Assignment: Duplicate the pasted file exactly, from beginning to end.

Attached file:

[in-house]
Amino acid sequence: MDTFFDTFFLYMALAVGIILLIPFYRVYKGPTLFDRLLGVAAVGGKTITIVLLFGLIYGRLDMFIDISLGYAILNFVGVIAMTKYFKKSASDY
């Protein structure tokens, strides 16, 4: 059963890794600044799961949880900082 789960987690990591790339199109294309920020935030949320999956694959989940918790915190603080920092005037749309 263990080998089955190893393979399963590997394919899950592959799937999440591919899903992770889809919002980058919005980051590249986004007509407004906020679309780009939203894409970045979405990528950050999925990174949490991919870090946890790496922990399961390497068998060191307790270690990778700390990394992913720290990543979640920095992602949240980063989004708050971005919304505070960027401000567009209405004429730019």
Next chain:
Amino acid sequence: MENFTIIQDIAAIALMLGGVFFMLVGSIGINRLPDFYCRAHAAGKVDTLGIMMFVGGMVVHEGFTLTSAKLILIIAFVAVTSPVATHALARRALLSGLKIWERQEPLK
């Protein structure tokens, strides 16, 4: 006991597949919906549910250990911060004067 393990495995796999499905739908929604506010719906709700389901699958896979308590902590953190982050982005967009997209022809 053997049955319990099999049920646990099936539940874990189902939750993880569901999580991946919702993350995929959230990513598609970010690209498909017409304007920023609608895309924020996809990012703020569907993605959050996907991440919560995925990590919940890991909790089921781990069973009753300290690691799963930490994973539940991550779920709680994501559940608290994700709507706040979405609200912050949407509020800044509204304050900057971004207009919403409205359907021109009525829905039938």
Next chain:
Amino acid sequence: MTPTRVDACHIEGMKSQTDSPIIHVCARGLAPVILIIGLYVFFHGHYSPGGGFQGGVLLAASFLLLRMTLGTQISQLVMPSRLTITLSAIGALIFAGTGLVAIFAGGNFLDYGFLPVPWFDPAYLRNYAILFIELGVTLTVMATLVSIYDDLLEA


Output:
[in-house]
Amino acid sequence: MDTFFDTFFLYMALAVGIILLIPFYRVYKGPTLFDRLLGVAAVGGKTITIVLLFGLIYGRLDMFIDISLGYAILNFVGVIAMTKYFKKSASDY
């Protein structure tokens, strides 16, 4: 059963890794600044799961949880900082 789960987690990591790339199109294309920020935030949320999956694959989940918790915190603080920092005037749309 263990080998089955190893393979399963590997394919899950592959799937999440591919899903992770889809919002980058919005980051590249986004007509407004906020679309780009939203894409970045979405990528950050999925990174949490991919870090946890790496922990399961390497068998060191307790270690990778700390990394992913720290990543979640920095992602949240980063989004708050971005919304505070960027401000567009209405004429730019």
Next chain:
Amino acid sequence: MENFTIIQDIAAIALMLGGVFFMLVGSIGINRLPDFYCRAHAAGKVDTLGIMMFVGGMVVHEGFTLTSAKLILIIAFVAVTSPVATHALARRALLSGLKIWERQEPLK
């Protein structure tokens, strides 16, 4: 006991597949919906549910250990911060004067 393990495995796999499905739908929604506010719906709700389901699958896979308590902590953190982050982005967009997209022809 053997049955319990099999049920646990099936539940874990189902939750993880569901999580991946919702993350995929959230990513598609970010690209498909017409304007920023609608895309924020996809990012703020569907993605959050996907991440919560995925990590919940890991909790089921781990069973009753300290690691799963930490994973539940991550779920709680994501559940608290994700709507706040979405609200912050949407509020800044509204304050900057971004207009919403409205359907021109009525829905039938």
Next chain:
Amino acid sequence: MTPTRVDACHIEGMKSQTDSPIIHVCARGLAPVILIIGLYVFFHGHYSPGGGFQGGVLLAASFLLLRMTLGTQISQLVMPSRLTITLSAIGALIFAGTGLVAIFAGGNFLDYGFLPVPWFDPAYLRNYAILFIELGVTLTVMATLVSIYDDLLEA